Terry, Charles Kevin, 1961- 28 August 2008 (has links)
Motor unit synchronization is phenomenon driven by a common input that results in the near-simultaneous firing of two or more motor units, which is referred to as short-term synchronization. The relationship between motor unit synchronization and force steadiness is still unclear, even after numerous experiments and simulations. Our main hypothesis was that the decreased force tetanus brought on by motor unit synchronization would be correlated to reduced steadiness at very low hand muscle forces. To determine if this correlation existed, young, healthy adults performed a submaximal, isometric pinch at four forces to determine if motor unit synchronization increased with a progressive decrease in force steadiness driven by reduced force levels. However, before performing synchronization analyses, we had to establish the best technique for measuring motor unit coherence, which quantifies the strength and frequency of a periodic common input. We used a pool of simulated spike trains with various firing rates, coefficients of variation (CV), common input frequencies and trial durations to explore the effects of data segmentation and spike train properties on coherence. We found that tapered segments overlapped by at least 50% maximized coherence measurements, regardless of taper type and that increasing common input frequency CV from 0.15-0.50 made coherence measurements unusable, even at high synchronization levels. During an isometric pinch at 2, 4, 8, and 12% of maximum digit force, we recorded thumb and index finger forces and EMG from the first dorsal interosseous (FDI) and adductor pollicis (AdP) muscles. As expected, the force CV dropped as each digit force increased. Pooled coherence revealed a dominant peak for the 2-10 Hz, but power for both digits' forces was limited to the 0-2 Hz bandwidth. There was a weak correlation for thumb force CV and coherence for within-AdP pairs, but no significant correlations were found for within-FDI pair coherence and finger force CV. Therefore, motor unit synchronization was not a strong driver of force steadiness for this protocol. To ensure that inherent firing rate nonstationarity of spike train data did not affect coherence measurements, we produced a new set of spike train pairs with firing rates and variances that approximated those for physiological motor units, which varied from 0-25%. Stationarity level was not significantly correlated to peak coherence (max R² = 0.082). Therefore, coherence measurements of spike train data with characteristics similar to those of the simulated trains were not significantly affected by nonstationarity. The establishment of the best method for computing coherence, the lack of a strong correlation between force steadiness and motor unit synchronization for submaximal isometric forces, and the knowledge that spike train nonstationarity has no significant effect on coherence measurements are all important discoveries needed for progress in the areas of basic neuromuscular function, motor unit synchronization, and pathological force unsteadiness.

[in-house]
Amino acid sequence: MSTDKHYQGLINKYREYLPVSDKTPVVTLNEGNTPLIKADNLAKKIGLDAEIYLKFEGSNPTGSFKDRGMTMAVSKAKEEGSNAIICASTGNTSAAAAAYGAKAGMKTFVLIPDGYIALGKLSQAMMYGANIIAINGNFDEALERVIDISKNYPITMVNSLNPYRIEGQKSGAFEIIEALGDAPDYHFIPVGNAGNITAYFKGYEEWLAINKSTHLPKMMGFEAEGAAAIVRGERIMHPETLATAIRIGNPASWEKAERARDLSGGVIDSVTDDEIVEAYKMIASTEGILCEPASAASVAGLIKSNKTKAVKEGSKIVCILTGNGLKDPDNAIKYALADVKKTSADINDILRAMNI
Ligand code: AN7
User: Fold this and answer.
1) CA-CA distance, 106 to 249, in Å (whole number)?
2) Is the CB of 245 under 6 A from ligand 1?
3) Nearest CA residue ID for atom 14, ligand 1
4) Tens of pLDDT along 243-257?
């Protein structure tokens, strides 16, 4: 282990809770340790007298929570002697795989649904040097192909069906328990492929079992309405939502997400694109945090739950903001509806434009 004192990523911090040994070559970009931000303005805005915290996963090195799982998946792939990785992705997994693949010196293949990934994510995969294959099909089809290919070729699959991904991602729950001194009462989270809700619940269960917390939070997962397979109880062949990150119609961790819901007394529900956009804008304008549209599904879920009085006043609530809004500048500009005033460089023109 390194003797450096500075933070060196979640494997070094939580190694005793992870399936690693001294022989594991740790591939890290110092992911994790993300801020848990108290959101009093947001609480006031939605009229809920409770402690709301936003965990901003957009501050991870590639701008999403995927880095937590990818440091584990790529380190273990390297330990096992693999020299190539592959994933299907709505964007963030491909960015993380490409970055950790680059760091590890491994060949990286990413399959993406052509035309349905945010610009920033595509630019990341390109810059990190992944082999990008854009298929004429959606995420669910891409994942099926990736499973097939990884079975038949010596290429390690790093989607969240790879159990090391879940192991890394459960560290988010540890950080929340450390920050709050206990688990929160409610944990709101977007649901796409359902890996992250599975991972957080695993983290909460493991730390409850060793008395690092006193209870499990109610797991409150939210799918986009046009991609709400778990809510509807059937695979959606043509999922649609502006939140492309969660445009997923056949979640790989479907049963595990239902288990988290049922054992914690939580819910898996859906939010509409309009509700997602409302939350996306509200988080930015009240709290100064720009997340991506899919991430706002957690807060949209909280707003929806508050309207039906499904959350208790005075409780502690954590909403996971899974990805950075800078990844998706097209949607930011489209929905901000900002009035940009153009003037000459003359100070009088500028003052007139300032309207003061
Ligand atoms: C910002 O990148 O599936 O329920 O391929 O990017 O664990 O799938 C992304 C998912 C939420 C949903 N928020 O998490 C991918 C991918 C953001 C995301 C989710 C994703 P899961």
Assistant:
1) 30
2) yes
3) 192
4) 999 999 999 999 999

The effect of strength increasing exercises on the performance of archery among college women

Taulman, Linda Jean, 1950- January 1976 (has links)
No description available.

Heritability of the force velocity relation in human muscle

Jones, Brian Cyril. January 1974 (has links)
No description available.

The relationship between the strength of the erector spinal muscles : and their EMG pattern of fatigue during various sustained postures

Gross, Ditza. January 1976 (has links)
No description available.